Researchers from the University of Turku, Finland, report why the natural mineral hackmanite can change color when exposed to UV radiation. Because this process can take place repeatedly and without wear on the material, hackmanite could form the basis for new LED and UV monitoring techniques.
Hackmanite has been studied at the University of Turku for nearly a decade now. The mineral is easy to synthesize and has excellent durability. Together with its response to UV radiation, these properties make it a very interesting material for researchers looking to leverage its use for applications ranging from consumer electronics to medicinal devices.
What stands out is that hackmanite is one of only three known minerals that can change color from white to purple when exposed to UV radiation: this process is known as photochromism. However, unlike the other two, the change in hackmanite is reversible, relatively long-lasting and does not wear out the mineral in any way.
Exactly why this color change takes place and how, however, has remained unknown until now. The new paper worked with all three natural color-shifting minerals — hackmanite, tugtupite and scapolite — to find the answer.
Reliable color change
While the three minerals studied for this paper are all inorganic natural compounds, there are quite a few organic compounds that can also reversibly change color when exposed to UV light. However, these hydrocarbons can only go through the process a few times before their molecular structure is completely broken down. This is due to the fact that any noticeable shift in the color of a substance is caused by significant changes in its structure, and undergoing these changes repeatedly damages the hydrocarbon molecule.
“In this study, we discovered for the first time that there is actually a structural change in the color change process. When the color changes, sodium atoms in the structure move relatively far away from their usual places and then return. This can be called structural respiration and it does not destroy the structure even if it is repeated a large number of times,” explains Professor Mika Lastusaari of the Department of Chemistry at the University of Turku, Finland, co-author of the paper.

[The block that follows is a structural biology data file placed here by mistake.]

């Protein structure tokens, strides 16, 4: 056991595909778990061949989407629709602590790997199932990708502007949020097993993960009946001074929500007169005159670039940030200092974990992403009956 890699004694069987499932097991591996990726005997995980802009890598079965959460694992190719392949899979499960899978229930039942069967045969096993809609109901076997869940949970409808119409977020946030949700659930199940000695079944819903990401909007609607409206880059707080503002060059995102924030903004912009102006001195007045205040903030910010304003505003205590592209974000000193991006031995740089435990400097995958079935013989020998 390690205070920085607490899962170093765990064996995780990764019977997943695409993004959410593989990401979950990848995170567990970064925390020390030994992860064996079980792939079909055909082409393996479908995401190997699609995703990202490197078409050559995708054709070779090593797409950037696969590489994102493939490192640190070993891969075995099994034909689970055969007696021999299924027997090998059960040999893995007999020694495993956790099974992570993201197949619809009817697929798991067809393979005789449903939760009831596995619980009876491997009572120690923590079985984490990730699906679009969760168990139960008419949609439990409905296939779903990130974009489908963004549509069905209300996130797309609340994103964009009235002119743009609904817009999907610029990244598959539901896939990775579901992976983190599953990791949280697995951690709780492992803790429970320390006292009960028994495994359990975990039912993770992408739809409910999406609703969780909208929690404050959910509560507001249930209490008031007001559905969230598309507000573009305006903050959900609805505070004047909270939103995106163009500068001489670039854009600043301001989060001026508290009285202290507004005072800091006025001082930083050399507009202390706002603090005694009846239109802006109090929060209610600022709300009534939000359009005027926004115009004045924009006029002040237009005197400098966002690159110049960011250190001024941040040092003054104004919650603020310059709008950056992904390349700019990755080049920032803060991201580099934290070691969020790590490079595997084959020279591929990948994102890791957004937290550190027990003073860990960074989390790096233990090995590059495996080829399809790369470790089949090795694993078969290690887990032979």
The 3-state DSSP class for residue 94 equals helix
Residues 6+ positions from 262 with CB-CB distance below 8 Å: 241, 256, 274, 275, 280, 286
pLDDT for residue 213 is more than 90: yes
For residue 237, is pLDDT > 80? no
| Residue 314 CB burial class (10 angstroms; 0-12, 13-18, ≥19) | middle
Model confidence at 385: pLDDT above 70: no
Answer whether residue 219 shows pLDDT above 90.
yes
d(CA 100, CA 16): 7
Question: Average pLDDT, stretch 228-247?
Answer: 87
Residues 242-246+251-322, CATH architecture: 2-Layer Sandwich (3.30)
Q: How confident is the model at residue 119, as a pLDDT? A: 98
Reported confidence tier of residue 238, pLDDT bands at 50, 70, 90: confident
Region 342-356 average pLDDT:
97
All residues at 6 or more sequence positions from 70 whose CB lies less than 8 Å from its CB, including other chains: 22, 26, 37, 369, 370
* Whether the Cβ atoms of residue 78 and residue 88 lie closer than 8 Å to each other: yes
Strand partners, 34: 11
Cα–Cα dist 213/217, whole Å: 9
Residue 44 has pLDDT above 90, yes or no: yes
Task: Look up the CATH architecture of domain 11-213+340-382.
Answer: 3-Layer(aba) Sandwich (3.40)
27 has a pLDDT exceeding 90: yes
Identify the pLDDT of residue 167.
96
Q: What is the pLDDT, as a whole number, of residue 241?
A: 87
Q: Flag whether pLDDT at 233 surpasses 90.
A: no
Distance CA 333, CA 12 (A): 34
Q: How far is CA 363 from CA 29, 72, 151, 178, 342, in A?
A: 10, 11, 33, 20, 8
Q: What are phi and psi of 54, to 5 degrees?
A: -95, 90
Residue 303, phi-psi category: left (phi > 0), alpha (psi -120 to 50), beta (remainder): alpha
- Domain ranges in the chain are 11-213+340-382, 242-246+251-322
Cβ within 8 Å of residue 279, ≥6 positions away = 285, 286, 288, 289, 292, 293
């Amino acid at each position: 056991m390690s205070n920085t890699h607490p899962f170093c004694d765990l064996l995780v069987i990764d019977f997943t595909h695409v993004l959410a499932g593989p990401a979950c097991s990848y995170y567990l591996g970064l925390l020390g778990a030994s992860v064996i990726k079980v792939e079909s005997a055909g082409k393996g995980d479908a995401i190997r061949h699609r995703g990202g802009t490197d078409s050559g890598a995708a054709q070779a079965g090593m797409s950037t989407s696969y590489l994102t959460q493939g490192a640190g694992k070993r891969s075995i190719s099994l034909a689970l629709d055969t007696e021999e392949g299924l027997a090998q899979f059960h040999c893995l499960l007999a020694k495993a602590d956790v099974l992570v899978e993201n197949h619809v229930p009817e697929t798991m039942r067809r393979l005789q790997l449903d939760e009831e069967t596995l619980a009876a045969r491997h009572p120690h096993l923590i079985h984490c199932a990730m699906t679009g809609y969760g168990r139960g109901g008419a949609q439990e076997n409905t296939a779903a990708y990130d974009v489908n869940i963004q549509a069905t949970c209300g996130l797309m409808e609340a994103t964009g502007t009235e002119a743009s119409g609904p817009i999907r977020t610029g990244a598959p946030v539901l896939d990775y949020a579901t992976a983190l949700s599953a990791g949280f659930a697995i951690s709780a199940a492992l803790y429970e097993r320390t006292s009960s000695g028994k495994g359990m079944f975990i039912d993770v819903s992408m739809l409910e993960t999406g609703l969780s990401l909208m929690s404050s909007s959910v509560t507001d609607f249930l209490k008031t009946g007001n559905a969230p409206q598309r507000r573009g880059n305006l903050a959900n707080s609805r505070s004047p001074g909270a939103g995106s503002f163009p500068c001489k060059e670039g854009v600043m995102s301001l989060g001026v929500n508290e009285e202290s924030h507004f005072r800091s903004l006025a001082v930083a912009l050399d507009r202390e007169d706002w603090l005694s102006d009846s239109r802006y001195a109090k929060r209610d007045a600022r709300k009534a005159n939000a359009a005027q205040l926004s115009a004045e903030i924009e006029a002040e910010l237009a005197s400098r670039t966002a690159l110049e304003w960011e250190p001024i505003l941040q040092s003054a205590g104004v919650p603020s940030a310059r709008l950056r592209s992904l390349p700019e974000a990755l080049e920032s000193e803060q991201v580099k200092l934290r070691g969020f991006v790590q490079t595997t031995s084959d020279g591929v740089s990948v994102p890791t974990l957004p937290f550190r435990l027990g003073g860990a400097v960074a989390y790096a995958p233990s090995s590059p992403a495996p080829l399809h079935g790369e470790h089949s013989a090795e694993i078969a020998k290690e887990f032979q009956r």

According to the findings, the three inorganic minerals can seemingly survive this process indefinitely. Their ability to do this stems from their three-dimensional chemical structure. This is similar to that of zeolites, a class of minerals used to manufacture detergents, drying agents and air purifiers, because their cage-like structure allows them to trap and release various particles. For example, zeolite detergents remove magnesium and calcium atoms from water by binding them in the pores of their cage-like molecules.
“In these color-changing minerals, all the processes related to the color change take place in the pores of the zeolite cage where the sodium and chlorine atoms are located. That is, the cage-like structure allows for atomic movement within the cage while the cage itself remains intact. This is why minerals can change color and return to their original color practically indefinitely,” explains doctoral researcher Sami Vuori, co-author of the paper.
Furthermore, the team explains that the speed at which these minerals can change color depends on the distance the sodium atoms in their structures have to travel. This piece of information is especially valuable for medical applications, as we now know that we can more accurately control the color-changing properties of a given structure.
This is the first time we have a model of how color-changing minerals work, the team explains. The team is now exploring various uses for hackmanite, such as replacing LEDs and other light bulbs or using them for X-ray imaging. Another interesting possibility is the development of hackmanite-based radiation detectors and measuring instruments; these would be deployed on the International Space Station and other manned space missions to allow crew members to measure the radiation uptake of various materials.
“The strength of hackmanite’s color depends on the amount of UV radiation it is exposed to, allowing the material to be used, for example, to determine the UV index of solar radiation. The hackmanite being tested on the space station will be used in a similar way, but this property can also be used in everyday applications. For example, we have already developed a mobile phone application for measuring UV radiation that can be used by everyone,” explains Sami Vuori.
The article “The structural origin of the efficient photochromism in natural minerals” is published in the journal PNAS†